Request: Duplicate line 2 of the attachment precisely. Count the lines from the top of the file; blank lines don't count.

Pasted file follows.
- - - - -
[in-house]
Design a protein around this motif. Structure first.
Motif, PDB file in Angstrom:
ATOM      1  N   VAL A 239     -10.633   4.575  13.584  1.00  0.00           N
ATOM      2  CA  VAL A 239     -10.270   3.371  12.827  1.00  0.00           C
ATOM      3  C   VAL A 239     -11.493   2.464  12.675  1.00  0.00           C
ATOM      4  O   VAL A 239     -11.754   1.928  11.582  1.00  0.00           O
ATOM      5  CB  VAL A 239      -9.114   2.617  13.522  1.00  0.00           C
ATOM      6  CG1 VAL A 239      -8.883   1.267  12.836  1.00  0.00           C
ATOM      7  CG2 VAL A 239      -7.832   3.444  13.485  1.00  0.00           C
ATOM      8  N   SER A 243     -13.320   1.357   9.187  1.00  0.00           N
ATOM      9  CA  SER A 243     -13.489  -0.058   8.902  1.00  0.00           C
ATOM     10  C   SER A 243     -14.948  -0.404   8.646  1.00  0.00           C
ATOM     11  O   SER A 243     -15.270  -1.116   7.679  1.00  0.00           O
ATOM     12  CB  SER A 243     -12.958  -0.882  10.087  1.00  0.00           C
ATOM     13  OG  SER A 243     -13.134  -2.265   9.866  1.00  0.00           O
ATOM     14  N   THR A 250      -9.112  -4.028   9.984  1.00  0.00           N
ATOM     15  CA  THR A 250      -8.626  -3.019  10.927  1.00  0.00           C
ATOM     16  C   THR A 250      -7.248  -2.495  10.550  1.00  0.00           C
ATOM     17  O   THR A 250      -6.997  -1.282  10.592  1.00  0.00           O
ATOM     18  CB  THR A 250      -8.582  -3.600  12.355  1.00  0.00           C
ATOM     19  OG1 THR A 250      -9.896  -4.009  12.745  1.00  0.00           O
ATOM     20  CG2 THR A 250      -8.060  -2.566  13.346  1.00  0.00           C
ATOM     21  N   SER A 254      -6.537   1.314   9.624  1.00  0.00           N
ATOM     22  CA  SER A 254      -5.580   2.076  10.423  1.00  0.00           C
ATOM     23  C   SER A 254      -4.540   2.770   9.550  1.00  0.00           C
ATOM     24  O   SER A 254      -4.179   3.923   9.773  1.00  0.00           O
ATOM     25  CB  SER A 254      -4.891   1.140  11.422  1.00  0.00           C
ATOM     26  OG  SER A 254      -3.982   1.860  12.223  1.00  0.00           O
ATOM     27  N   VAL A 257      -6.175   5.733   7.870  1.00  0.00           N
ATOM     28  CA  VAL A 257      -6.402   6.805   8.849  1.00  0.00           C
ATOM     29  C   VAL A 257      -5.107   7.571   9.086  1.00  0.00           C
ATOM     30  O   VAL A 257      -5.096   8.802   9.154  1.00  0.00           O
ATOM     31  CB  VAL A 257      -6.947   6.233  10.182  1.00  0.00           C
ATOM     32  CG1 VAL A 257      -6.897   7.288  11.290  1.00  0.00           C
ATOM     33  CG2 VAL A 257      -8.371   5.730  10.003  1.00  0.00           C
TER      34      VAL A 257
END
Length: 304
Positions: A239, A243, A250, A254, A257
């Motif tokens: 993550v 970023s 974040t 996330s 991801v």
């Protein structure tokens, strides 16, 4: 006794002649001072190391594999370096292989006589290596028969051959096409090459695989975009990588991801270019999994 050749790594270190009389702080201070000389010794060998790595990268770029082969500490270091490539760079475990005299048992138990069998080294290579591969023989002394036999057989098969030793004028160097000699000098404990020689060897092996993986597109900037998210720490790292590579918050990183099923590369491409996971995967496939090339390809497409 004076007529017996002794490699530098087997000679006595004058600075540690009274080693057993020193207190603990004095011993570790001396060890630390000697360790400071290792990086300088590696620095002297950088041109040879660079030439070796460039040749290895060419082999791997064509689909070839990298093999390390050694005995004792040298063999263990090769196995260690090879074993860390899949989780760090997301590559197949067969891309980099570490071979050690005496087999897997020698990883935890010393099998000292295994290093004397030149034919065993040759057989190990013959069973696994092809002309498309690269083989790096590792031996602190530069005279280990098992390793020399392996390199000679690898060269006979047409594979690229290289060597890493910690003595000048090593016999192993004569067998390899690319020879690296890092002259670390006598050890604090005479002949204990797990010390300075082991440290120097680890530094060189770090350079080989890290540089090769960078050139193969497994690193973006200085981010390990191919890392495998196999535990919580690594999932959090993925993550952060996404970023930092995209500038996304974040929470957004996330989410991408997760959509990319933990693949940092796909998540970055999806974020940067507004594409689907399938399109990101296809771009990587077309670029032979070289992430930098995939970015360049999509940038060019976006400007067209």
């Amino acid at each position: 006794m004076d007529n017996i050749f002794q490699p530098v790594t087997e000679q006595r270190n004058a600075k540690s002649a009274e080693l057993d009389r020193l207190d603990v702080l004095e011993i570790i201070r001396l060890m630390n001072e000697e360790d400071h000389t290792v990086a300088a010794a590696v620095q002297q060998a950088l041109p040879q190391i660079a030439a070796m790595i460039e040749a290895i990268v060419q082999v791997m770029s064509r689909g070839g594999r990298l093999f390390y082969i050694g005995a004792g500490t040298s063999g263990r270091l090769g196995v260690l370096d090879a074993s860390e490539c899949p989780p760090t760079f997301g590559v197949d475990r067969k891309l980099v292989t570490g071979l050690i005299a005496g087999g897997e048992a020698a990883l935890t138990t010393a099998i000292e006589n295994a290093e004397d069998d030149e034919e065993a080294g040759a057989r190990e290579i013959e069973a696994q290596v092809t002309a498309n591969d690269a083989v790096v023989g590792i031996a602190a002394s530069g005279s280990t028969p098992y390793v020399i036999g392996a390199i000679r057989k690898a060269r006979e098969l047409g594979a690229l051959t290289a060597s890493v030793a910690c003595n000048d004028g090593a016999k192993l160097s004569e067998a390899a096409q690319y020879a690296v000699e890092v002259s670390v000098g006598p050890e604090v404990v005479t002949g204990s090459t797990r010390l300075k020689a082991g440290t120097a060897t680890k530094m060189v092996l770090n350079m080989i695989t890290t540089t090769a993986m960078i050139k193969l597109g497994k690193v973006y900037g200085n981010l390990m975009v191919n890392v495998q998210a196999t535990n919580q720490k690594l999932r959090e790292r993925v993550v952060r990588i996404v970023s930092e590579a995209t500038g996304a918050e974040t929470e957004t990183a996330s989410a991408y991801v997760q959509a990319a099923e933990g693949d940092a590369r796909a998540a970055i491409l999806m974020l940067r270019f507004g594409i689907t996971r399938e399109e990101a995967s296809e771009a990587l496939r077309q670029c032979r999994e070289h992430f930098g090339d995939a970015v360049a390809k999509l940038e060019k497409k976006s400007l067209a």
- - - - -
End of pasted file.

Design a protein around this motif. Structure first.